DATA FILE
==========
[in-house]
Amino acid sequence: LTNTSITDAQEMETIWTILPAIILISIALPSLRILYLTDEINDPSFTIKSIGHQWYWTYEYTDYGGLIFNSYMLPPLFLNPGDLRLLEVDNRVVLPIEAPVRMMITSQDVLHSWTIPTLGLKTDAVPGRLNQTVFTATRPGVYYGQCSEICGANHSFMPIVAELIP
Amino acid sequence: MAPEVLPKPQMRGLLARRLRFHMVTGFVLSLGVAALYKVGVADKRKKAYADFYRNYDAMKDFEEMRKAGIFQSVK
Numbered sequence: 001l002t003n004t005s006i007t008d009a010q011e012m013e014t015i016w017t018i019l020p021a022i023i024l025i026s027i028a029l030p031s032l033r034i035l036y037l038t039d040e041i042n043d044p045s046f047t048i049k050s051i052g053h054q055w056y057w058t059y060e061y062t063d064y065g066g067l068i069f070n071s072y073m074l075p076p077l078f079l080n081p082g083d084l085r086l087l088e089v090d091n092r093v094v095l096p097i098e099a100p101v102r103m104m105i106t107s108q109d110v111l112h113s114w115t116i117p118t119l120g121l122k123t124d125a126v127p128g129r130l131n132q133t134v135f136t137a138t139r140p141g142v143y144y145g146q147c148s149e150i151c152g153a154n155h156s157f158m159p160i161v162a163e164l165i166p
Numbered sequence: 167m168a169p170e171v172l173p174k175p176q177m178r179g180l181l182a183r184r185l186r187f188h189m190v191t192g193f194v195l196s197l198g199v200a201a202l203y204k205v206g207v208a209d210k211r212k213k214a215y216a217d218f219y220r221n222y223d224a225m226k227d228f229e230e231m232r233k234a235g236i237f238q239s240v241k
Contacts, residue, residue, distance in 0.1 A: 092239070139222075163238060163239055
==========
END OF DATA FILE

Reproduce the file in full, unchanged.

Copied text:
[in-house]
Amino acid sequence: LTNTSITDAQEMETIWTILPAIILISIALPSLRILYLTDEINDPSFTIKSIGHQWYWTYEYTDYGGLIFNSYMLPPLFLNPGDLRLLEVDNRVVLPIEAPVRMMITSQDVLHSWTIPTLGLKTDAVPGRLNQTVFTATRPGVYYGQCSEICGANHSFMPIVAELIP
Amino acid sequence: MAPEVLPKPQMRGLLARRLRFHMVTGFVLSLGVAALYKVGVADKRKKAYADFYRNYDAMKDFEEMRKAGIFQSVK
Numbered sequence: 001l002t003n004t005s006i007t008d009a010q011e012m013e014t015i016w017t018i019l020p021a022i023i024l025i026s027i028a029l030p031s032l033r034i035l036y037l038t039d040e041i042n043d044p045s046f047t048i049k050s051i052g053h054q055w056y057w058t059y060e061y062t063d064y065g066g067l068i069f070n071s072y073m074l075p076p077l078f079l080n081p082g083d084l085r086l087l088e089v090d091n092r093v094v095l096p097i098e099a100p101v102r103m104m105i106t107s108q109d110v111l112h113s114w115t116i117p118t119l120g121l122k123t124d125a126v127p128g129r130l131n132q133t134v135f136t137a138t139r140p141g142v143y144y145g146q147c148s149e150i151c152g153a154n155h156s157f158m159p160i161v162a163e164l165i166p
Numbered sequence: 167m168a169p170e171v172l173p174k175p176q177m178r179g180l181l182a183r184r185l186r187f188h189m190v191t192g193f194v195l196s197l198g199v200a201a202l203y204k205v206g207v208a209d210k211r212k213k214a215y216a217d218f219y220r221n222y223d224a225m226k227d228f229e230e231m232r233k234a235g236i237f238q239s240v241k
Contacts, residue, residue, distance in 0.1 A: 092239070139222075163238060163239055